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a critical and rhetorical look at the art and artifice of the movie trailer

7.21.2006

10 Things I Hate About Commandments

In his 1950 disquisition A Rhetoric of Motives, Kenneth Burke suggests the idea of “identification” not, as he says, as a “substitute for the sound traditional approach” of examining various means of persuasion, but rather as an “accessory” to that already well established rhetorical concept. At this point we may have a fairly clear idea of what movie trailers have to do with persuasion. Let’s watch this little clip to jump-start our discussion of identification.



Ok. Now that you’ve composed yourself let’s get down to it. But before we do, perhaps some background is in order. Just in case you’ve been under a rock for the last several months here’s a brief history of the “re-cut trailer”. Though it is clearly the relatively low cost and accessibility of digital video editing software that has made this trend possible, it is unclear exactly when and how it started. At any rate, some time in the fall of 2005 this little online contest inspired a video called Shining that made a huge internet splash and went a long way to increasing the popularity the re-cut movie trailer.

The concept is simple, though the execution takes more talent than some seem to expect: using the images and dialogue from a familiar movie, re-cut a trailer that completely changes the tone or plot of the original movie. Shining, for instance, re-cuts Stanley Kubrick’s classic horror film as a feel-good triumph-of-the-will uplifting heart-warming sappy drama a la Dead Poets Society or Patch Adams. Another notable attempt is the conceptually obvious, but unexpectedly convincing Brokeback To The Future, which, well… I think you can figure that one out for yourself.

The existence of such skillfully wrought parodies should be enough evidence to mark the arrival of the trailer as an established artistic medium. But what does any of this have to do with Kenneth Burke and “identification”? Let’s hear what he has to say for himself:
“All Told, persuasion ranges from the bluntest quest of advantage, as in sales promotion or propaganda, through courtship, social etiquette, education, and the sermon, to a ‘pure’ form that delights in the process of appeal for itself alone, without ulterior purpose. And identification ranges from the politician who, addressing an audience of farmers, says, ‘I was a farm boy myself,’ through the mysteries of social status, to the mystic’s devout identification with the source of all being.”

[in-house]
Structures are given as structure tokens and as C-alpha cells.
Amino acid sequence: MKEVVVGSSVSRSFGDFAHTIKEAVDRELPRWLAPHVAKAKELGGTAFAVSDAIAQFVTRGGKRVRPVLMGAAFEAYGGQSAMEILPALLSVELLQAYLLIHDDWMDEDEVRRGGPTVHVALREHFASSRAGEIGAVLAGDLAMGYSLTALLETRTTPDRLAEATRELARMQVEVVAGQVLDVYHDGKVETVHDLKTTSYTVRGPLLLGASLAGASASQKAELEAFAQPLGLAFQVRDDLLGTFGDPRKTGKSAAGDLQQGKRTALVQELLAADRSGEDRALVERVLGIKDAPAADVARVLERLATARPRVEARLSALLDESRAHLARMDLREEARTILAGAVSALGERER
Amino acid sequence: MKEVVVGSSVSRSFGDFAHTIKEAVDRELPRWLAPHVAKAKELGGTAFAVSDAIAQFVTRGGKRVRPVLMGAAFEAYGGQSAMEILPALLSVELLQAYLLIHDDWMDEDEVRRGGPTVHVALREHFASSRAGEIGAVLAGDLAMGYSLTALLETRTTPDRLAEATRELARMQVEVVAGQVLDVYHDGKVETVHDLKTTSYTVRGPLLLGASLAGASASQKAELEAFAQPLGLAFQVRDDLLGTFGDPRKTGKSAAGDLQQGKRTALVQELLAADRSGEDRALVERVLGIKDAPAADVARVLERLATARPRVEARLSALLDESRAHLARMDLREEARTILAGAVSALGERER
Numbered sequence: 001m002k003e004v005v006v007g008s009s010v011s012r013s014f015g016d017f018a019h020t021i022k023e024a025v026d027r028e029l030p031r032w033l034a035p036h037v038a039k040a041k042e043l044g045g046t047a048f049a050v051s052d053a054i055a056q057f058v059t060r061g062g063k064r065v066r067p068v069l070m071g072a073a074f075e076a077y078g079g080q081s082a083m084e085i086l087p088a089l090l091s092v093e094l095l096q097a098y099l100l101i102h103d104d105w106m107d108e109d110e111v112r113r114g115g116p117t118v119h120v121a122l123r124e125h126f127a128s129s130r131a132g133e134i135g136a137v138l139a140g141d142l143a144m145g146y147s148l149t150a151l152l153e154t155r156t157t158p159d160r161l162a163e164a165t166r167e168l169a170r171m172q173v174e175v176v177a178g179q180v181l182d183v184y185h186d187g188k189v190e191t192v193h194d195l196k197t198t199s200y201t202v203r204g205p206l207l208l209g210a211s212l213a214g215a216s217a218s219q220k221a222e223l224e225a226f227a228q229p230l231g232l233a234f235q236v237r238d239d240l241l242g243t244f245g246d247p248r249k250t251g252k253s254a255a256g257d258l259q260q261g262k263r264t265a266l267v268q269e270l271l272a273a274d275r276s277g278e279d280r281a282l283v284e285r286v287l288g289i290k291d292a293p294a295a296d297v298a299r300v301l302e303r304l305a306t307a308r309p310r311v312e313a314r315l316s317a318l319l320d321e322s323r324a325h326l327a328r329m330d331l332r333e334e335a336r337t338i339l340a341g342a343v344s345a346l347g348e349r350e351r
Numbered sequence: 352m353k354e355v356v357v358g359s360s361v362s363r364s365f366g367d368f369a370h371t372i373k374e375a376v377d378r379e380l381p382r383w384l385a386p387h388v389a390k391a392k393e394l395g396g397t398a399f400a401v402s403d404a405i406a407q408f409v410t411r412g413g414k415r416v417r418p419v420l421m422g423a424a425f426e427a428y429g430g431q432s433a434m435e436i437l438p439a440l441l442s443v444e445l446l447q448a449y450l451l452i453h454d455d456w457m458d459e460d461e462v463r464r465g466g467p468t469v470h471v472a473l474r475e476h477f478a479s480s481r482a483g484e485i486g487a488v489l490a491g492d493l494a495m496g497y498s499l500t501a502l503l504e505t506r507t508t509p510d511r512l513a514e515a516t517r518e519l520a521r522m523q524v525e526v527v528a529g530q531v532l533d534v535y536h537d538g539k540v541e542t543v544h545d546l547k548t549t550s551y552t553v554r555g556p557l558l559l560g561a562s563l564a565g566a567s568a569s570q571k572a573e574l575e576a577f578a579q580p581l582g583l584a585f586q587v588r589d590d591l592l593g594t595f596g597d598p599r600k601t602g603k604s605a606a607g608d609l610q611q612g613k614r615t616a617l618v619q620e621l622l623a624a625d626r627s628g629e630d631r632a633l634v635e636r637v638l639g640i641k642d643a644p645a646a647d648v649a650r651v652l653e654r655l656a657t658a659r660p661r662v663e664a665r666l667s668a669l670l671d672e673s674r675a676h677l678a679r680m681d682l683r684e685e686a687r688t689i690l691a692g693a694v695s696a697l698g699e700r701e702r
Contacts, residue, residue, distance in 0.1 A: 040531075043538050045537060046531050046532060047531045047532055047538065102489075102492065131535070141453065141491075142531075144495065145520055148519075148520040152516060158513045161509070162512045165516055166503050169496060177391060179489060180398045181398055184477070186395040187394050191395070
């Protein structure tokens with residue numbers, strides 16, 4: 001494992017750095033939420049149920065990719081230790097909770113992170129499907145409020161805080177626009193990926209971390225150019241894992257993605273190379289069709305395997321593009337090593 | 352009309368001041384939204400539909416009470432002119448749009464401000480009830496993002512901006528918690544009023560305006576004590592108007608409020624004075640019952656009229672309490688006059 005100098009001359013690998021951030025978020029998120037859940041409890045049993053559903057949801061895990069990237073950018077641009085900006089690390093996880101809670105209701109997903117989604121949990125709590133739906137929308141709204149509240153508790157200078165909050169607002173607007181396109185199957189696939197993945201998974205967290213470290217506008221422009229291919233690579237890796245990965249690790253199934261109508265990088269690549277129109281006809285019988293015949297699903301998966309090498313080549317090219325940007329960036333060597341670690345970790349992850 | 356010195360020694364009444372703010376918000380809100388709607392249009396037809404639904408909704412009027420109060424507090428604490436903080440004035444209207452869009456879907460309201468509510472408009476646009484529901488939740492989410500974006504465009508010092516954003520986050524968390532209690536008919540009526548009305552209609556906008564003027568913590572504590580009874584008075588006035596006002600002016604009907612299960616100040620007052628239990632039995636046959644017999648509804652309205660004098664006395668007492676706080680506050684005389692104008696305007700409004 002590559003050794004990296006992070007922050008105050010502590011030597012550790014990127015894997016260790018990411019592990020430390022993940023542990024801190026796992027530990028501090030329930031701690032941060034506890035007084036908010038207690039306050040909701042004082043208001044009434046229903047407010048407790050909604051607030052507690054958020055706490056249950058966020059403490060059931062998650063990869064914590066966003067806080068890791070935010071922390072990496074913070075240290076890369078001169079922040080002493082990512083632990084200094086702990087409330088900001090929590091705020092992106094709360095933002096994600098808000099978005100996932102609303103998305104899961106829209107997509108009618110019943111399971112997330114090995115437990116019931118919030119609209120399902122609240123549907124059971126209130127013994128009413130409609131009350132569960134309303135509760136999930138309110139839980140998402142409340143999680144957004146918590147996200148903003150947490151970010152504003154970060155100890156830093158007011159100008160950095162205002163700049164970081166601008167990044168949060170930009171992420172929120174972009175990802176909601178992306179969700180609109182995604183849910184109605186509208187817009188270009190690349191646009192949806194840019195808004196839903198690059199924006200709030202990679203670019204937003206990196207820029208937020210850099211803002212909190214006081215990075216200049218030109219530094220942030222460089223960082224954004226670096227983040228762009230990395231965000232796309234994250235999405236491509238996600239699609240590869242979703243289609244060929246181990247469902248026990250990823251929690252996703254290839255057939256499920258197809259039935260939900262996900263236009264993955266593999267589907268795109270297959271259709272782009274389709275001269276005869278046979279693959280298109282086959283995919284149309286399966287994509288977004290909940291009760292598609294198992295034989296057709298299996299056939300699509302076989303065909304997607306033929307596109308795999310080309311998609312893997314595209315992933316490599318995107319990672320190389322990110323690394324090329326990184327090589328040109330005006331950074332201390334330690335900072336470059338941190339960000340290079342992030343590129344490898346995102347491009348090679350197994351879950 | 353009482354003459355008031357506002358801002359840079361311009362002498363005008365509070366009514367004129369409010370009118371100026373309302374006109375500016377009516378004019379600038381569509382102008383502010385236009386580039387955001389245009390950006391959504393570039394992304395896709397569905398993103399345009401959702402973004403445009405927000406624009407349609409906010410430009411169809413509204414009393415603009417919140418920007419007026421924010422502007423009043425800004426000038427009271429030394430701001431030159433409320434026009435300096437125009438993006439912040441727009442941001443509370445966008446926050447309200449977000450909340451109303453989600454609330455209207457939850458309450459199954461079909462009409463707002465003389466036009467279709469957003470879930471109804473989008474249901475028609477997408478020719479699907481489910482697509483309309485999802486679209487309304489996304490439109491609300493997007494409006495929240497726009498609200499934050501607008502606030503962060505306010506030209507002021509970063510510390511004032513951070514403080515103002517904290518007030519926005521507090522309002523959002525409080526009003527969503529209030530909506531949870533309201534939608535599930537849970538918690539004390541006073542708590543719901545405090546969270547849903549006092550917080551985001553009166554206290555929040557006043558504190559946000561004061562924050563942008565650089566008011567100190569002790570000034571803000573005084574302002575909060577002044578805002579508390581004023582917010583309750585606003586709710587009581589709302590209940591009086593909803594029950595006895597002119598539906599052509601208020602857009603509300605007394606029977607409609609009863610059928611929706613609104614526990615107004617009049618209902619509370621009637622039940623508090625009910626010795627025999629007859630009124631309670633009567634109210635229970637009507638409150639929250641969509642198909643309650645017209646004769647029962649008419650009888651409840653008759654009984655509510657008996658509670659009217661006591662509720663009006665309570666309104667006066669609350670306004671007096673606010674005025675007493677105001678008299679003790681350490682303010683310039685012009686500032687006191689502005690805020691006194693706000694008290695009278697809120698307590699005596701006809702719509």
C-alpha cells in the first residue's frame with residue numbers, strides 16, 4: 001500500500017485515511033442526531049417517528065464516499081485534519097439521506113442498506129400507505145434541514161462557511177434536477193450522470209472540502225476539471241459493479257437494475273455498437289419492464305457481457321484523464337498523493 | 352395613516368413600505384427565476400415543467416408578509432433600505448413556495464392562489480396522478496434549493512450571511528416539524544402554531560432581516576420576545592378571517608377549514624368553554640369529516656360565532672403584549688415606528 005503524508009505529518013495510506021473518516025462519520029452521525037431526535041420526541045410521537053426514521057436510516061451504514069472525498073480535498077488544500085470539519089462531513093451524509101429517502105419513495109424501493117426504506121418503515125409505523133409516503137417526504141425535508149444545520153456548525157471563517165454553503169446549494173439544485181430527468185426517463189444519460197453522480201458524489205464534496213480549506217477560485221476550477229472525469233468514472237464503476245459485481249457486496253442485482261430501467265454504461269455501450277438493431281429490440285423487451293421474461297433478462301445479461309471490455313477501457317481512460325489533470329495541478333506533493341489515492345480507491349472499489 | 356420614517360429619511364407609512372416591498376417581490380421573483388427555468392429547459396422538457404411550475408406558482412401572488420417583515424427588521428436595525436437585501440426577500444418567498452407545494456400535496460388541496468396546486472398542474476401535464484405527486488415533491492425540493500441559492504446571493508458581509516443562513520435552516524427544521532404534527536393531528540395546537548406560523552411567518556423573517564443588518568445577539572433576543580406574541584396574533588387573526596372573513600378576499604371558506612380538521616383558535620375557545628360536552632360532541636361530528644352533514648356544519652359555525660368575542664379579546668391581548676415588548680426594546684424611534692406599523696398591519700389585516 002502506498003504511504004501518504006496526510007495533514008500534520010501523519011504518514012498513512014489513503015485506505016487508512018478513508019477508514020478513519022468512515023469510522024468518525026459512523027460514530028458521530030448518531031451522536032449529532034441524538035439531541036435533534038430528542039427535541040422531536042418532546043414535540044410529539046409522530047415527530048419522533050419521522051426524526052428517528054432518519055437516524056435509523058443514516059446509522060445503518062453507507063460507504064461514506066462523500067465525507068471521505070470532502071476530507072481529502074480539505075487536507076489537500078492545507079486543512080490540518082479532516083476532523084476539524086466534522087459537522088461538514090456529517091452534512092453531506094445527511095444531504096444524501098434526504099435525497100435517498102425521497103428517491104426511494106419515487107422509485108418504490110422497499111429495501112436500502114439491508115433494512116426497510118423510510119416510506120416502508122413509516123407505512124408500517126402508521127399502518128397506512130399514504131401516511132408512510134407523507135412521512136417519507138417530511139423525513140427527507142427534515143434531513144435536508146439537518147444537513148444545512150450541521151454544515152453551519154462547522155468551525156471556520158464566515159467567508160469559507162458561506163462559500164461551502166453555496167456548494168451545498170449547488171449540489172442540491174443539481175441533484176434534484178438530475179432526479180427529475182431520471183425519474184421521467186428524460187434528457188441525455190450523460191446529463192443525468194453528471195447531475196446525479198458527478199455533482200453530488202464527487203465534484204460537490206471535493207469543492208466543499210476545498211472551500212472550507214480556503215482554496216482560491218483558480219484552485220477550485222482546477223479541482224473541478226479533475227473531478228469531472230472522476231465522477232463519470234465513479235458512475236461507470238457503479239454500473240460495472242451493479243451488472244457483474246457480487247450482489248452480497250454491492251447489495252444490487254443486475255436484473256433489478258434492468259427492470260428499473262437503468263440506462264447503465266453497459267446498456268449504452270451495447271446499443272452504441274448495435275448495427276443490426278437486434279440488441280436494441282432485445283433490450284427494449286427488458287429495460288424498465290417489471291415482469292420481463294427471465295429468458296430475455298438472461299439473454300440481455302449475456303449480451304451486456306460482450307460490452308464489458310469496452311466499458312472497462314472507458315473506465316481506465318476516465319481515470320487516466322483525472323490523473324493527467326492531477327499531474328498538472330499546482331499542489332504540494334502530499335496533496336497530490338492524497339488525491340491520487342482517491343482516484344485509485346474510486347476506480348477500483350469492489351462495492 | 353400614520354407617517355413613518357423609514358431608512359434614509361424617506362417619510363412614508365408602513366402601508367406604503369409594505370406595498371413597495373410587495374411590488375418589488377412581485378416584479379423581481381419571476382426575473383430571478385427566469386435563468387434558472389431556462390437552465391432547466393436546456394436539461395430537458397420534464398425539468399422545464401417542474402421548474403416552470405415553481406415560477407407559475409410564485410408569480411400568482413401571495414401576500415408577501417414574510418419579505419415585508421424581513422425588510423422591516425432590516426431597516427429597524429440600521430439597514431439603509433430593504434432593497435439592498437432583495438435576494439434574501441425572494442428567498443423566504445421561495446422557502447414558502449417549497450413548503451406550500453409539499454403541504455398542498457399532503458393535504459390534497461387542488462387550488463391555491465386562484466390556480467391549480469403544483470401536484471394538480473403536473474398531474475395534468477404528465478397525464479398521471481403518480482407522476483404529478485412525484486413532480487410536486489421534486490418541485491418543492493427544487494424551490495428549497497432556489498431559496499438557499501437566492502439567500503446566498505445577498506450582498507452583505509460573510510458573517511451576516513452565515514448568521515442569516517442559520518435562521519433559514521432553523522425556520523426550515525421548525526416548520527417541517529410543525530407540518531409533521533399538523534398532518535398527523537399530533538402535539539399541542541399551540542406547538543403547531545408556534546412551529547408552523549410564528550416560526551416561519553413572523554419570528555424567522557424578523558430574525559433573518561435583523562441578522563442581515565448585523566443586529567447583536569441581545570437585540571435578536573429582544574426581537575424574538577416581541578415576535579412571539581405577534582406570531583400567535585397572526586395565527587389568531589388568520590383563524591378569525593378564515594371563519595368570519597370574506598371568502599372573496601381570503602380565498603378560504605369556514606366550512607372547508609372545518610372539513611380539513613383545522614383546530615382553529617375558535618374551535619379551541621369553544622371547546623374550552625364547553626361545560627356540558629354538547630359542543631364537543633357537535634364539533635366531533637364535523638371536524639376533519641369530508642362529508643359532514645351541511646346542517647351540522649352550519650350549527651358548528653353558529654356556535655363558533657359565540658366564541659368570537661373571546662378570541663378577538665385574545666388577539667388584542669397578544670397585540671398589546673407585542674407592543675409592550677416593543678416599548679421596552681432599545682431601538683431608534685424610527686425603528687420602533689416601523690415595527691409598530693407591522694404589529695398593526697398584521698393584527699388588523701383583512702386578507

So, in this case, persuasion is the simple process of “getting butts in seats”, while identification is a means of appealing on a more personal or essential level. It’s the difference between feeling that a movie may be worth my time and money and feeling like it was “made for me” – feeling like “it’s my movie”.

One of the things that 10 Things I Hate About Commandments makes ridiculously clear is that the primary purpose of a trailer is to establish the film’s genre. If I ask you to go with me to see a movie called Snakes On A Plane, your next question may very well be “Well, what’s it about?” or more likely “What kind of movie is it?” Any decent trailer should adequately answer these two questions if it has any hope of enticing viewers to part with $9 and two hours of their time. But if a trailer is also able to establish an identity for itself then it has every hope of appealing to someone on this more personal level of identification.

Perhaps it is too soon to say that this sort of bond can be established merely through a trailer, but it is the sort of devotion that Hollywood execs must dream of – the sort of all-abiding devotion that separates a Star Wars from a Solaris. To say that you “identify with” a movie, is to say that your affinity for that movie indicates something substantial and dynamic about “who you are” and “what you believe in”. If a trailer is able to convince you to feel that way about a movie that you have not yet seen, then it has transcended mere persuasion. However, it has no hope of accomplishing this task if it has blatantly resorted to employing crude manipulation. Allow me to refer, once again, to the…

THE SUPER-ROUGH SCALE OF MOVIE TRAILER VIEWING:
  1. Bad trailers are manipulative.
  2. Good trailers are persuasive.
  3. Great trailers are manipulative while appearing to be persuasive.

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